You don’t need a well-developed setting; just outline the local area, and fill in details as needed. For the first adventure, run them through situations involving combat, influence rolls, and various uses of skills, as for a black ops game. Alternately, you could just download Caravan to Ein Arris, a free adventure set in a land called Lantara. (Note: there is an error on pg. 3, under “Character Creation”. There is no such skill as “Bard”. That should be Public Speaking.)

    During the first session, let them meet a wizard willing to teach them magic. (Perhaps they can rescue him from robbers, earning his gratitude!) Now any mages in the party can spend earned character points (what are called experience points in other games) on spells. (Be sure to check the prerequisites of the spells, though, so they are learned in the right order.) Next session, you can ease into the magic rules, as the mages try out their new spells.

    Moving On
    Once that’s done, you and your players will have the fundamentals down with a minimum of confusion. Now you can expand your options, and learn to use the system to create exactly the sort of game you want to run. Start familiarizing yourself with the other traits in Characters that look appropriate for a campaign you'd like to run. Be aware that you can get excellent guidance on the Steve Jackson Games GURPS forum. If you run into problems anywhere, like slow combats, imbalances in the party, or just trouble making sense of an advantage or skill, don’t hesitate to get help.

    Also note that I have posted a page of useful GURPS links. You may even want to use some of them for your first game. The One Page GURPS handout is useful for getting new players up to speed, for instance.

    For more combat options and GM guidance, you might want GURPS Basic Set: Campaigns. It offers more detail in combat, with rapid strikes (to run an opponent out of parries), deceptive attacks (to make attacks harder to defend against), and hit locations (to quickly incapacitate or kill). In discussions of other systems, people sometimes complain that hit location rules slow down combat. When I hear that, I always think, “You haven’t played GURPS.” Once you get the hang of them, hit locations make combat less about wearing down hit points, and more about ending the fight with a single, decisive blow.

    Campaigns also offers miniatures combat, as well as other optional rules like bleeding (to add drama after combat, as the medics try to stabilize the wounded.) There are also tips on running campaigns, and rules to change the “flavor” of the game. The default flavor of GURPS is “heroic realism” – characters are believable as action heroes go, but they sometimes exceed the limits of ordinary mortals. If you want harsh realism or over-the-top, “cinematic” power fantasies, you’ll need to tweak things a bit.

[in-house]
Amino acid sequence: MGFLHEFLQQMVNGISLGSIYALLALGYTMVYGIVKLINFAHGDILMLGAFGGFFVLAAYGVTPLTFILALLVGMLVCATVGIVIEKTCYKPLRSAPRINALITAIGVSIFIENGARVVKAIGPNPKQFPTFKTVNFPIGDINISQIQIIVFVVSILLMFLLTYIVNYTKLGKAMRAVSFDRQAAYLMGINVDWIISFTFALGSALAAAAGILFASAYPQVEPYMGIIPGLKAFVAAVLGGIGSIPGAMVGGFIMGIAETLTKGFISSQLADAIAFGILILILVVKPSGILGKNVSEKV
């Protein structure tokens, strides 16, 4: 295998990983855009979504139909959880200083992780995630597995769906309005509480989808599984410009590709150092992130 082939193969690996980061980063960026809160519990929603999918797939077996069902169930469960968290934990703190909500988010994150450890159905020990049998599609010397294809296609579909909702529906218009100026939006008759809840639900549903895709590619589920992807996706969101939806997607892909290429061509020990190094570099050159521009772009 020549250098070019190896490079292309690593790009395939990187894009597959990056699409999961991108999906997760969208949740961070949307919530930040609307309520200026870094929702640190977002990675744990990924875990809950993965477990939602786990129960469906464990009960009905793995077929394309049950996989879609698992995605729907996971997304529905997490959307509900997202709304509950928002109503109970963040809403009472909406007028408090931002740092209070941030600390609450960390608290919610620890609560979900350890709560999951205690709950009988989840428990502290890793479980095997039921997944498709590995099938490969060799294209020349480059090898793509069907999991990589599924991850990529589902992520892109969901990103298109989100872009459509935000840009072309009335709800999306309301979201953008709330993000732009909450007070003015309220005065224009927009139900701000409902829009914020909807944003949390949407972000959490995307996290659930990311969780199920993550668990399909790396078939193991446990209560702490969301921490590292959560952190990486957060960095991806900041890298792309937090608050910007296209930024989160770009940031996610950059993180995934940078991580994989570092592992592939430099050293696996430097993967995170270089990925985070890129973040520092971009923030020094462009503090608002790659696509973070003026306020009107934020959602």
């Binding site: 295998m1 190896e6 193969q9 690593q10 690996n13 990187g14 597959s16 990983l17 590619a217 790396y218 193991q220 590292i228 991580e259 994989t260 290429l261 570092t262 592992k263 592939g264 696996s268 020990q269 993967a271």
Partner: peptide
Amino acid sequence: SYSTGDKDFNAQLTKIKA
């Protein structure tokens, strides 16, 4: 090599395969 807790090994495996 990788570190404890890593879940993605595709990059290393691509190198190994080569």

I should also note that GURPS has multiple magic systems, to cover all the bases of the fantasy genre. The system in the Basic Set isn’t your only option, and a lot of players prefer one of the alternatives. If you like Basic Set magic, you may want to invest in the GURPS Magic sourcebook, which expands on it. Otherwise, you might like GURPS Thaumatology, a collection of alternate systems and ideas for tweaking the Basic Set system. GURPS Powers might also be useful, depending on the sort of magic you prefer. And GURPS Monster Hunters (see below) introduces ritual path magic, a very interesting system which will soon be getting its own expanded, stand-alone sourcebook. I point these out not because you need them, necessarily, but because getting magic right can be a major concern in adapting your favorite fantasy setting.

    If you like wildly larger-than-life heroes, you may want to check out GURPS Action, Dungeon Fantasy, Monster Hunters, or Supers. These expansions simplify campaigns in these over-the-top genres. I am drawing attention to them because high-powered campaigns can be challenging to run using just the Basic Set.

    There are lots of other setting and genre sourcebooks as well. But you can do a decent job of almost any sort of campaign using just the Basic Set. You don’t actually need anything else. The other books are just for people who want more detail. If you’re having fun with just Lite and characters, why spend more money?
    This article was originally published in forum thread: [GURPS] Getting Started with GURPS started by Ceo_Druidechta View original post
    Comments 3 Comments
    1. nijineko's Avatar
      nijineko -
      very nice exposition. as an MIB, and as a gamer, i approve.
    1. Farcaster's Avatar
      Farcaster -
      Nice writeup, Ceo_Druidechta.
    1. whenderson04's Avatar
      whenderson04 -
      Very nice. Outstanding game that really needs more players, especially near me...